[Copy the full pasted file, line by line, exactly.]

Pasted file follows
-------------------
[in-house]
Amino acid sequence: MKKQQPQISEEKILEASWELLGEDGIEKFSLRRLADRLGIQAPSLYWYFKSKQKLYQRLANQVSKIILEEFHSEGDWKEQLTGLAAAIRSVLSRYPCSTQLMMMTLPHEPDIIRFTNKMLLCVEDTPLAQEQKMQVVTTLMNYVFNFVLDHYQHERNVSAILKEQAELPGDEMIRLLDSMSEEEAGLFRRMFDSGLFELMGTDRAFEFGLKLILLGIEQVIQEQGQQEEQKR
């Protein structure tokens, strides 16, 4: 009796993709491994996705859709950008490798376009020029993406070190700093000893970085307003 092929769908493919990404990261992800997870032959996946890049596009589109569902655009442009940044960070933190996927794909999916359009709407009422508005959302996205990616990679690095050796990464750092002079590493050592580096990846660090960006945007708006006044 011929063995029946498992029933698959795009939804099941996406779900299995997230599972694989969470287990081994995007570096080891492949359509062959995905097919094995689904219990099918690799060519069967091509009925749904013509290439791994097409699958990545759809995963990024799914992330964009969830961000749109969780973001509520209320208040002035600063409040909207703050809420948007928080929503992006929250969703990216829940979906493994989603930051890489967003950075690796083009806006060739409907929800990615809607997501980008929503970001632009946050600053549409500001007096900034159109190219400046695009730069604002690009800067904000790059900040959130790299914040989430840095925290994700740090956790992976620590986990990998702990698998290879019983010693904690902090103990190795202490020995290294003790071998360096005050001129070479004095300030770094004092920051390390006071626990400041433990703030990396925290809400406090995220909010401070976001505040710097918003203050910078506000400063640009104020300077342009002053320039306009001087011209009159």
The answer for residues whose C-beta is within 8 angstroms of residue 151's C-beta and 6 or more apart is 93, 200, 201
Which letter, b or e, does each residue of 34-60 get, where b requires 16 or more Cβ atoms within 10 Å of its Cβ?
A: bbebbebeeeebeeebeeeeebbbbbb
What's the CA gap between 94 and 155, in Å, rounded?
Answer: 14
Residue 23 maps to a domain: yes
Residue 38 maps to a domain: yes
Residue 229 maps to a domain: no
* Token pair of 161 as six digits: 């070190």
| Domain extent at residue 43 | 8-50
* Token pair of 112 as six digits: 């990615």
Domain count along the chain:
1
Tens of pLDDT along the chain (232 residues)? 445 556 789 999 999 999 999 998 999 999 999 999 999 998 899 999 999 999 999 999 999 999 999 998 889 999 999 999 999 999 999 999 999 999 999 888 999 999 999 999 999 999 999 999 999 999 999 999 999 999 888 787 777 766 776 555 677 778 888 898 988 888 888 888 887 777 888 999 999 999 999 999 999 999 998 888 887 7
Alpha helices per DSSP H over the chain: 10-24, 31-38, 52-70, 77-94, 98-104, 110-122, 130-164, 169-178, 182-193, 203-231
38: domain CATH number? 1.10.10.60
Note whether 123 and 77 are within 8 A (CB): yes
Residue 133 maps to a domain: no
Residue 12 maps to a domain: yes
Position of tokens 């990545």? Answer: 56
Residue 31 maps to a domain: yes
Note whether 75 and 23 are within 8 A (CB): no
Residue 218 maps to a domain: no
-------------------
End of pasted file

[in-house]
Amino acid sequence: MKKQQPQISEEKILEASWELLGEDGIEKFSLRRLADRLGIQAPSLYWYFKSKQKLYQRLANQVSKIILEEFHSEGDWKEQLTGLAAAIRSVLSRYPCSTQLMMMTLPHEPDIIRFTNKMLLCVEDTPLAQEQKMQVVTTLMNYVFNFVLDHYQHERNVSAILKEQAELPGDEMIRLLDSMSEEEAGLFRRMFDSGLFELMGTDRAFEFGLKLILLGIEQVIQEQGQQEEQKR
């Protein structure tokens, strides 16, 4: 009796993709491994996705859709950008490798376009020029993406070190700093000893970085307003 092929769908493919990404990261992800997870032959996946890049596009589109569902655009442009940044960070933190996927794909999916359009709407009422508005959302996205990616990679690095050796990464750092002079590493050592580096990846660090960006945007708006006044 011929063995029946498992029933698959795009939804099941996406779900299995997230599972694989969470287990081994995007570096080891492949359509062959995905097919094995689904219990099918690799060519069967091509009925749904013509290439791994097409699958990545759809995963990024799914992330964009969830961000749109969780973001509520209320208040002035600063409040909207703050809420948007928080929503992006929250969703990216829940979906493994989603930051890489967003950075690796083009806006060739409907929800990615809607997501980008929503970001632009946050600053549409500001007096900034159109190219400046695009730069604002690009800067904000790059900040959130790299914040989430840095925290994700740090956790992976620590986990990998702990698998290879019983010693904690902090103990190795202490020995290294003790071998360096005050001129070479004095300030770094004092920051390390006071626990400041433990703030990396925290809400406090995220909010401070976001505040710097918003203050910078506000400063640009104020300077342009002053320039306009001087011209009159």
The answer for residues whose C-beta is within 8 angstroms of residue 151's C-beta and 6 or more apart is 93, 200, 201
Which letter, b or e, does each residue of 34-60 get, where b requires 16 or more Cβ atoms within 10 Å of its Cβ?
A: bbebbebeeeebeeebeeeeebbbbbb
What's the CA gap between 94 and 155, in Å, rounded?
Answer: 14
Residue 23 maps to a domain: yes
Residue 38 maps to a domain: yes
Residue 229 maps to a domain: no
* Token pair of 161 as six digits: 């070190």
| Domain extent at residue 43 | 8-50
* Token pair of 112 as six digits: 């990615």
Domain count along the chain:
1
Tens of pLDDT along the chain (232 residues)? 445 556 789 999 999 999 999 998 999 999 999 999 999 998 899 999 999 999 999 999 999 999 999 998 889 999 999 999 999 999 999 999 999 999 999 888 999 999 999 999 999 999 999 999 999 999 999 999 999 999 888 787 777 766 776 555 677 778 888 898 988 888 888 888 887 777 888 999 999 999 999 999 999 999 998 888 887 7
Alpha helices per DSSP H over the chain: 10-24, 31-38, 52-70, 77-94, 98-104, 110-122, 130-164, 169-178, 182-193, 203-231
38: domain CATH number? 1.10.10.60
Note whether 123 and 77 are within 8 A (CB): yes
Residue 133 maps to a domain: no
Residue 12 maps to a domain: yes
Position of tokens 């990545």? Answer: 56
Residue 31 maps to a domain: yes
Note whether 75 and 23 are within 8 A (CB): no
Residue 218 maps to a domain: no